The 3 Best Siding Options for Homes on Golf Courses

Bry'Ana Arvie
Written by Bry'Ana Arvie
Updated February 18, 2022
Luxury houses near golf course
Photo: fredrocko / E+ / Getty Images

And the winner is…

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When you decided to lay down roots in a home near a golf course, you had big dreams in mind: Beautiful landscapes that stretched on for acres and peaceful nights you couldn’t enjoy in the city. But one thing you possibly didn’t consider was after you leave the golf course, sometimes it might follow you home. 

When living in a golf course home, it’s possible for golf balls to land near your fence, land in your yard, or—worse—hit your house. And while golf course living is an incredible experience, having a home that stays intact is much more rewarding. The best way to protect your home from wayward golf balls is to invest in impact-resistant siding. Here are the best options.

The Clear Winner: Engineered Wood

Modern house with cedar siding
Photo: Spiroview Inc. / Adobe Stock

The best siding option for golf course homes is engineered wood. Engineered wood is made of wood fibers with a resin binder, and it’s essentially a wood look-alike siding without the maintenance requirements of natural wood. What makes it a winner for golf course homes is that it’s durable, has high impact resistance, and its design allows the ball to bounce off its surface, essentially helping to prevent cracks. 

NASA conducted a study that demonstrated what would happen when a golf ball struck fiber cement and engineered wood siding. The fiber cement developed a hole during the experiment when hit with a golf ball at 49.4 mph. However, the brand of engineered wood tested didn’t sustain any damages when the golf ball struck it while traveling 63.8 mph.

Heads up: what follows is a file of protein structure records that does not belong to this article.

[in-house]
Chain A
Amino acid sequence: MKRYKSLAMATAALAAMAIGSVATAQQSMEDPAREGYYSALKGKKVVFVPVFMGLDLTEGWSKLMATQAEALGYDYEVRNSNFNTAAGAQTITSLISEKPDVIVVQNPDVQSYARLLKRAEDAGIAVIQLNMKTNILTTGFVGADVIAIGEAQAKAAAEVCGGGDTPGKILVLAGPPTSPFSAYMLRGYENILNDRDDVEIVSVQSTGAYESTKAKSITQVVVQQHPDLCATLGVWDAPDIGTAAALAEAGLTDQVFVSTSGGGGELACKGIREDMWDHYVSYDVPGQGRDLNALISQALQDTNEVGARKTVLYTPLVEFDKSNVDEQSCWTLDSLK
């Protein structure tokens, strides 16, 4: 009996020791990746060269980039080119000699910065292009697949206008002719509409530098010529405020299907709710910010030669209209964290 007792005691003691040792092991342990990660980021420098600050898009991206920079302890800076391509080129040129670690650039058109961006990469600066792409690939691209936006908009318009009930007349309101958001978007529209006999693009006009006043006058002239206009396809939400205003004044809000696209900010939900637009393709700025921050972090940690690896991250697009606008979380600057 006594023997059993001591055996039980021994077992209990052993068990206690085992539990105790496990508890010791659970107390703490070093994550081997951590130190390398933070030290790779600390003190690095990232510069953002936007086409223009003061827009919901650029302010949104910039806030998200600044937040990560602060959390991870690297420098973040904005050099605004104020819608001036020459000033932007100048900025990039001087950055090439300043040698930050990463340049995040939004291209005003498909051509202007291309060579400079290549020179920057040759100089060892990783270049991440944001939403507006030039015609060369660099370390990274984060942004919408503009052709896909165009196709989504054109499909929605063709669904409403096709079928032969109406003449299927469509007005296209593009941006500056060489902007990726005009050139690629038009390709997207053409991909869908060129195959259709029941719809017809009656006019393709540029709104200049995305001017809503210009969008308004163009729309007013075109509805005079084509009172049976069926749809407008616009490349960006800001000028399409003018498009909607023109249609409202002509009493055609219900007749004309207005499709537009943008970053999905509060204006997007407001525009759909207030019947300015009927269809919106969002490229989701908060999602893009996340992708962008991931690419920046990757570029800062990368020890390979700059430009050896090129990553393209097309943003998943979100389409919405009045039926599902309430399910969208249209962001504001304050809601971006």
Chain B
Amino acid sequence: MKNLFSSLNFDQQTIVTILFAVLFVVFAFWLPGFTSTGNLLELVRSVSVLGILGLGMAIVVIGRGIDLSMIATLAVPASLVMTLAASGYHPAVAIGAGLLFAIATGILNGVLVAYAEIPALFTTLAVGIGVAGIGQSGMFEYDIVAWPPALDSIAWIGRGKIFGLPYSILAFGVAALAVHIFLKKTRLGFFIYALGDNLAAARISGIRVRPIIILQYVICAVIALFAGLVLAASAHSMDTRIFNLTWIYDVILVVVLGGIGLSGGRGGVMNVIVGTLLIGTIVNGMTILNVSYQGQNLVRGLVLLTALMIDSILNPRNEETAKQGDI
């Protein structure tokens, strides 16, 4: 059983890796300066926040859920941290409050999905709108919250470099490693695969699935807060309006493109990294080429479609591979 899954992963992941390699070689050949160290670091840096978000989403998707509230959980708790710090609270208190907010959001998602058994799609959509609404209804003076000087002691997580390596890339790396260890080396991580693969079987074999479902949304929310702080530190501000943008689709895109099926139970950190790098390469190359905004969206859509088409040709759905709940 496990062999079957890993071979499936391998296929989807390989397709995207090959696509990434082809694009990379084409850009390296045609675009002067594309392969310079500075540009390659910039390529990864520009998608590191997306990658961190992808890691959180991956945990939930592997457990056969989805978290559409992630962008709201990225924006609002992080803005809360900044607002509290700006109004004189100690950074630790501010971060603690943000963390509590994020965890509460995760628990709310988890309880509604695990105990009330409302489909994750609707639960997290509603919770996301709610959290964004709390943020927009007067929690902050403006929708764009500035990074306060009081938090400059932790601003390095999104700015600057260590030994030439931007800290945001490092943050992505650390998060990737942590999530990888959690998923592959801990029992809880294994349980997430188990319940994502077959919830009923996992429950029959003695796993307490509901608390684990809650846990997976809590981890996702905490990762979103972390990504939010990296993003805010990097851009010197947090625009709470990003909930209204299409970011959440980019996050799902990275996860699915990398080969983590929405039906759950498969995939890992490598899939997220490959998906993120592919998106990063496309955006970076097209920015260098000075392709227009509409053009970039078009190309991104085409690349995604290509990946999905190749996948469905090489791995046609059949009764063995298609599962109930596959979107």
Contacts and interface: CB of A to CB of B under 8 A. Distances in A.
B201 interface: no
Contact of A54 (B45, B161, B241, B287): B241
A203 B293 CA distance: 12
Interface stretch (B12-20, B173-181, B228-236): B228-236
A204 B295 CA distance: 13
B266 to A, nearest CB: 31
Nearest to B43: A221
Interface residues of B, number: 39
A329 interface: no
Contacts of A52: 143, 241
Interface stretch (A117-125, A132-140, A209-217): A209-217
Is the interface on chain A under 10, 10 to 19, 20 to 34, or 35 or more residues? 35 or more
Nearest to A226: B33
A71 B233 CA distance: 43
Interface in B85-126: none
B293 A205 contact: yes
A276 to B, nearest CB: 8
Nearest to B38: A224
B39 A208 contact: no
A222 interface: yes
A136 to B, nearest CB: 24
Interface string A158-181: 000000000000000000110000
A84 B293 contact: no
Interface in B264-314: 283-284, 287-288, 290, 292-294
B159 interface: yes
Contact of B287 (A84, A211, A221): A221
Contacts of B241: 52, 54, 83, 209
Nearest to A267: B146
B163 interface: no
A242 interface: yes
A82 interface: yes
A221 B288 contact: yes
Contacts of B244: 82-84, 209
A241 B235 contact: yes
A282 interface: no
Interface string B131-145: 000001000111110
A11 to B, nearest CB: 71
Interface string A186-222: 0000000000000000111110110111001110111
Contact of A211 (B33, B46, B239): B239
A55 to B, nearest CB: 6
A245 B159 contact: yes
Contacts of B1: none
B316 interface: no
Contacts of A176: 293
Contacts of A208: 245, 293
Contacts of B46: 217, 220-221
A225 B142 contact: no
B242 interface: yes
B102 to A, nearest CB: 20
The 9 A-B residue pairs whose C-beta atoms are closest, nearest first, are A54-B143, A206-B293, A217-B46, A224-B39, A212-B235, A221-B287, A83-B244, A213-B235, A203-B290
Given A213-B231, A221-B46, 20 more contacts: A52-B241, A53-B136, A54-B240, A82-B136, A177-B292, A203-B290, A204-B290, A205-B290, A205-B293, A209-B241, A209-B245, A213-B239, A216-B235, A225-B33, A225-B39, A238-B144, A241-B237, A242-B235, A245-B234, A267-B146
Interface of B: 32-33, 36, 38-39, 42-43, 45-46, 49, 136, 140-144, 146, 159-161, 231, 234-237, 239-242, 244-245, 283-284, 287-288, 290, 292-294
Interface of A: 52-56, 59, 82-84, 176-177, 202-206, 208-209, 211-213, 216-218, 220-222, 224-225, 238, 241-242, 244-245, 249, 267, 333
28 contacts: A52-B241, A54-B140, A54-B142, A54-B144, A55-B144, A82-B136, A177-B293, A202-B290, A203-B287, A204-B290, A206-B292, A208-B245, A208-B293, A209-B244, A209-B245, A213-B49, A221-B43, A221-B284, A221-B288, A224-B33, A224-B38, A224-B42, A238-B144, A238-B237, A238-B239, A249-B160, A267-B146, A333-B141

Some of engineered wood’s additional benefits include: 

  • Easy installation

  • Budget-friendly

  • Lifespan of up to 50 years

Other Siding Options

Based on the test conducted by NASA, the clear winner is engineered wood. But there are two other popular options that homeowners use for their golf course homes. Let’s look at what they are and why they’re not the best choice below. 

Fiber Cement

Two story houses in new neighborhood
Photo: Konstantin L / Adobe Stock

Fiber cement is a combo of clay, cement, sand, and wood pulp. Homeowners love the versatile nature that allows it to be shaped into various siding materials like wood and brick. And while it is durable, fiber cement can’t stand up to golf balls coming towards it at speeds of at least 49 miles per hour, according to the study. 

On the other hand, fiber cement is a durable material. So, even if it doesn’t noticeably crack under pressure, the minor dents on its surface can lead to cracks that can cause more problems. 

Foam Backed Vinyl

Vinyl siding has always been a popular choice among homeowners because of its affordability and versatility. It’s made from PVC resin and is relatively easy to install. And what makes it a consideration for homeowners near golf courses is that some vinyl sidings are made with foam, such as Progressive Foam which increases its insulation and impact resistance. While it can potentially hold its own against a golf ball, a ball hitting it at high speed will leave a dent and could damage the foam behind it.   

Cost to Install Engineered Wood Siding

Worker installing engineered wood siding
Photo: kasipat / Adobe Stock

Installing engineered wood siding is best to protect your home from golf balls. The cost to install this siding material is $5,300 to $13,000. Contact a local home siding installer for an actual estimate.

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